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February 2024

Nigerian rice farmers cannot meet local demands, Lagos traders complain

Some rice traders in Lagos have lamented the inability of local rice farmers to meet the growing demand for the produce.

Photo of farmers in a rice farm used to illustrate the story

Some rice traders in Lagos have lamented the inability of local rice farmers to meet the growing demand for the produce.

The traders spoke in separate interviews on Wednesday in Lagos.

The federal government recently reaffirmed its commitment to increasing local wheat, rice, maize, sorghum and soybean production by providing relevant farm inputs.

John Nwabueze, a foodstuff trader at Alimosho, lamented the growing cost of the produce and the inability of locally grown rice to meet rising demands.

He, however, noted that the quality of locally grown rice had improved and could stand at par with foreign rice.

“If the closure of the border is completely enforced, Nigerians will have no choice but to stick to locally grown rice. When there is a scarcity of smuggled rice, then we will wholly embrace our homegrown rice.

“Local rice farmers may not initially be able to meet the growing demands of rice if the borders are watertight shut, but gradually they will meet up,” stated Mr Nwabueze.

He added that most Nigerians patronised foreign rice because of the poor awareness of the benefits of local rice.

“We have very good local rice brands without stones and well-polished, but Nigerians are used to foreign rice. When we started eating Nigerian rice when the border was initially closed, we had a lot of poorly processed rice in the market.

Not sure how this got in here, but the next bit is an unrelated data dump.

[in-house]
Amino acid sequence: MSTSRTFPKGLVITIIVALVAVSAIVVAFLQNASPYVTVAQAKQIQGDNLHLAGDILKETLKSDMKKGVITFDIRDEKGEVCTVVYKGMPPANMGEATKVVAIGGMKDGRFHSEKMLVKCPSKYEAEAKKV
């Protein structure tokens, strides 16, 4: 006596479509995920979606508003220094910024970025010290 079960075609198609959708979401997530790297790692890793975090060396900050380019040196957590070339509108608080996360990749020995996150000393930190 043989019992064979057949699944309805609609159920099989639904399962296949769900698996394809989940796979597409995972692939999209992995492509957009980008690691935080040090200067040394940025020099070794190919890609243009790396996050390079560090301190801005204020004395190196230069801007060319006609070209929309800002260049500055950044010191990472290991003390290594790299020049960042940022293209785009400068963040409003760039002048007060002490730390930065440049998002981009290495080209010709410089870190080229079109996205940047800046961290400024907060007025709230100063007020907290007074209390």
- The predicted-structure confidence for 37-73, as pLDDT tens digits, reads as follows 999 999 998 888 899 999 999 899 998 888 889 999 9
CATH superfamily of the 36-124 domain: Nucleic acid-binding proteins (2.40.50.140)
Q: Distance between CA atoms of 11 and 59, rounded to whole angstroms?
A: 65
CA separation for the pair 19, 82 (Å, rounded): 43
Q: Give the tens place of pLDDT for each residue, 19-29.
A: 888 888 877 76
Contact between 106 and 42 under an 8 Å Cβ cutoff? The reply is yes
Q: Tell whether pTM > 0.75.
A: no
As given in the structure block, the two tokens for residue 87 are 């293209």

“But now the situation has changed; however, most customers insist that they would rather buy expensive rice than buy local rice. We want the government to either completely enforce the closure of the borders and put an end to smuggled rice or officially open the borders for legal rice imports,” Mr Nwabueze explained.

Temitayo Abdulhakeem, another rice trader, said though Nigerian rice was picking up in quality, it was insufficient to meet growing local demands.

Mr Abdulhakeem said, “If the borders are completely shut and there is no infiltration of rice into the country, local farmers may not be able to meet the demands. If we cannot even get smuggled rice, it will be more difficult for Nigerians.

“When the borders were initially shut down, and we had no access to foreign rice, we witnessed a daily rise in the price of rice. How many Nigerian rice brands do we have? We have only five brands that are of good quality.”

He added, “We actually seek the opening of the borders for legal importation of rice, but that does not mean the price will drop drastically. It is just that we will have more people importing, and the monopoly of the few importers will be broken.”

He noted that the traders had been unable to access foreign rice recently.

A bag of short-grain rice costs N54,000, while a long-grain rice bag costs N65,000 or N66,000. Nigerian rice sells for between N49,000 and N50,000 per bag.

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Published Date: January 10, 2024

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